Trump says he wanted to assassinate Syria’s president but Mattis stopped him before he could ‘take him out’
President Donald Trump said on "Fox & Friends" Tuesday that he wanted to "take out" Syrian President Bashar al-Assad after the 2017 Khan Shaykhun chemical attack in Idlib, Syria, but Jim Mattis, then his secretary of defense, objected
Editor's Note: This article originally appeared on Business Insider.
President Donald Trump said on “Fox & Friends” Tuesday that he wanted to “take out” Syrian President Bashar al-Assad after the 2017 Khan Shaykhun chemical attack in Idlib, Syria, but Jim Mattis, then his secretary of defense, objected.
“I would've rather taken him out. I had him all set. Mattis didn't want to do it,” Trump said Tuesday, calling Mattis, a retired Marine Corps general, “highly overrated.” He said Mattis, who commands tremendous respect among U.S. troops but has frustrated more than one U.S. president, was a “terrible general” and a “bad leader.”
“I had a shot to take him out if I wanted, and Mattis was against it,” Trump said. “Mattis was against most of that stuff.” Trump said that he does not regret not killing the Syrian leader though. He said he “could've lived either way with that.”
Rather than assassinate Assad for his regime's role in the horrific April 4, 2017 chemical attack that killed 89 people and injured more than 500 others, the U.S. obliterated Shayrat Air Base with 59 cruise missiles, believed to be the source of the attack, which is considered to be the deadliest since the 2013 attack in Ghouta, Syria.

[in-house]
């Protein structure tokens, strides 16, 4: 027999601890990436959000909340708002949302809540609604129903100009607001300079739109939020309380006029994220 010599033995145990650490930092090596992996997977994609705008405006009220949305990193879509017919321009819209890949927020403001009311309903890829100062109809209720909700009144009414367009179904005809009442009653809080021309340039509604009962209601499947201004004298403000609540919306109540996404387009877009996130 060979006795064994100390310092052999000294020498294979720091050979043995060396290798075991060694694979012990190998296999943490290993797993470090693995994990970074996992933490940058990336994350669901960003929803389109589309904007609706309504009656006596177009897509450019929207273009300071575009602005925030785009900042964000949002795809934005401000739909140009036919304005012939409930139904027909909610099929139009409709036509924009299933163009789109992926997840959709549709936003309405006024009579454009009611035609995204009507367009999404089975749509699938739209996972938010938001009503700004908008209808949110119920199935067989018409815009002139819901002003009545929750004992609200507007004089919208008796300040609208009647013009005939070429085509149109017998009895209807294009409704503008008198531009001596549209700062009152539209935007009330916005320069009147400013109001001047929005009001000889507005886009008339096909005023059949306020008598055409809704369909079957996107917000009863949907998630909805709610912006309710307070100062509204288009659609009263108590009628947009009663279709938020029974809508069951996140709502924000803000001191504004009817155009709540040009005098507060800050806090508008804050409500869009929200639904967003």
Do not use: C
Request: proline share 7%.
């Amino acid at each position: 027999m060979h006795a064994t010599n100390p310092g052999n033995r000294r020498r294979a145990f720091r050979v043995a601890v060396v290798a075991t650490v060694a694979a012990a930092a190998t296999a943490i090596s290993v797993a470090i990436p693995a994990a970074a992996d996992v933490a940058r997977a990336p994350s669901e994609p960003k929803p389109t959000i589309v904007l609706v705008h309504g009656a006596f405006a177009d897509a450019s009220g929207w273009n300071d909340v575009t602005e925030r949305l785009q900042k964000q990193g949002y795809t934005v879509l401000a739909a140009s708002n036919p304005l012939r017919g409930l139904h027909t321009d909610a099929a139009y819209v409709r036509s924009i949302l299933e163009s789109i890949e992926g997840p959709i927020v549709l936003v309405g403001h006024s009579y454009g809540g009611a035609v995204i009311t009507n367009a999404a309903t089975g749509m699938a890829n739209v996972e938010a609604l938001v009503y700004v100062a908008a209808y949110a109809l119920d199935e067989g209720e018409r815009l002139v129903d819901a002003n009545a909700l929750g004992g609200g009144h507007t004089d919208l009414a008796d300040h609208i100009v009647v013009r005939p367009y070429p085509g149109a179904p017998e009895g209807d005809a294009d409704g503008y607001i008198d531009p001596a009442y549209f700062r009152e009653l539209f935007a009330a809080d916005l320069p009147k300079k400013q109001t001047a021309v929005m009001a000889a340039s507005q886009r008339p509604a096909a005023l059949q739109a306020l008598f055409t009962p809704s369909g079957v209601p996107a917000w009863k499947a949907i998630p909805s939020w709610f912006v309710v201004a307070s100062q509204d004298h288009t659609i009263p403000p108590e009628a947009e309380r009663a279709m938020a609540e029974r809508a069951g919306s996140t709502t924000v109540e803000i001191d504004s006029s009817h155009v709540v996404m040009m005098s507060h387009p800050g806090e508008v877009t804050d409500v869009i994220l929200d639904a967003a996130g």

In response to another deadly chemical attack in Syria about a year later, the U.S., together with France and the UK, used ships and aircraft to conduct strikes on sites believed to support Syria's chemical warfare operations.
The president's admission Tuesday supports reporting from 2018 that Trump then disputed as “fiction.”
Washington Post journalist Bob Woodward revealed in his book Fear that Trump told Mattis that the U.S. should “f—ing kill” Assad. Mattis acknowledged the president's demands but told aides after hanging up the phone that the U.S. response would be “much more measured.”
Trump denied Woodward's reporting, saying the events presented in the book never happened. “The book is fiction,” he said, stating that killing Assad is something that was “never even discussed.”
“No, that was never even contemplated, nor would it be contemplated, and it should not have been written about in the book,” Trump said.
Lately, the Trump administration has been fighting a series of troubling new allegations in Woodward's latest book, Rage, including that he knowingly misled the American public about the threat posed by coronavirus.
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